By 1930 there were revolutionaries ready, willing and able to take up arms against the French. Bazin’s murder lit a powder keg. Revolution was in the air. But violence was not the exclusive domain of the Left. In fact, the conservative VNQDD were first off the mark.  In February, acting under VNQDD leadership, two companies of Vietnamese colonial soldiers mutinied at the post of Yen Bay on the Red River, killing their officers and occupying the post.  The French retaliated with extreme force, razing the mutineers command village by aerial bombardment. All the while they were desperately attempting to learn more about the VNQDD, of whom they knew little.

A couple of months later the Communists sponsored May Day demonstrations all over the country.  Participation was enthusiastic and in many places anti-French violence broke out.  Between May and September the Communists organized agricultural collectives, or Soviets, in Nghe Anh Province and neighboring Ha Tinh to the south. The French responded by bringing in the Foreign Legion. By year’s end the French had pretty much smashed the soviets.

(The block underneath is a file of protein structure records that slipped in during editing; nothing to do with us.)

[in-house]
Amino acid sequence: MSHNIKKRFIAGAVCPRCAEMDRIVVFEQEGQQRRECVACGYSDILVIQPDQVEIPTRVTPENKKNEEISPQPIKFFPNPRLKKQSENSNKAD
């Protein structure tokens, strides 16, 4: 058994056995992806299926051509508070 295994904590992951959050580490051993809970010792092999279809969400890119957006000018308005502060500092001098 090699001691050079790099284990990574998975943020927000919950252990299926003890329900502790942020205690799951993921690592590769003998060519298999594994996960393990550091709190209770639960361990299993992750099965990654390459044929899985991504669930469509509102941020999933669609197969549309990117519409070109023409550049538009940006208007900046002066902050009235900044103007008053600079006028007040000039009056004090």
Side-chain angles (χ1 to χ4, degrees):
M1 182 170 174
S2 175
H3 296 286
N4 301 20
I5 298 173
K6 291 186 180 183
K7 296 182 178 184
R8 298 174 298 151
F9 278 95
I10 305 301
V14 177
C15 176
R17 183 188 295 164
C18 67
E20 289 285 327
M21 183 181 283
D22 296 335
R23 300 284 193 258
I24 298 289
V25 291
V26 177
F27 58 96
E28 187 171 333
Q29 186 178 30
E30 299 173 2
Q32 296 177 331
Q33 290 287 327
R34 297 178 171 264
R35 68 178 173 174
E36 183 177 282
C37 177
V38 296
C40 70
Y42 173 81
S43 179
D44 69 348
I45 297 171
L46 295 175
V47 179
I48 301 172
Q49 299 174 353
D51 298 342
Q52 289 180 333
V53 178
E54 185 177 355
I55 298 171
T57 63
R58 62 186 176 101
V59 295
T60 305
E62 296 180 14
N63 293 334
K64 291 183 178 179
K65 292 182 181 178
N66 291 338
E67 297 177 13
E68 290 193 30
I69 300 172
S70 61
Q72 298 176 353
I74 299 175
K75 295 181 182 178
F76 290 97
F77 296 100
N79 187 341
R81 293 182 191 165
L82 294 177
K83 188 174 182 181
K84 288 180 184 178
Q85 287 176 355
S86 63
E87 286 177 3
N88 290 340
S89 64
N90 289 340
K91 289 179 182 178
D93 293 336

In a strange way, the French might have been the beneficiary of good timing here– they may have been helped by the doctrinal change decreed by Moscow emphasizing the practice of class warfare over popular front tactics. Word of that important change reached cadres just as the fighting was at its peak in September and October. Suddenly there was division in the ranks which was accompanied by a bloody internal purge of intellectuals, rich peasants, landlords and other collaborators. The ferocity of the class warfare-inspired purge seems to have turned significant numbers of peasants against the Communists, signficantly aiding the French in suppressing the rebellion.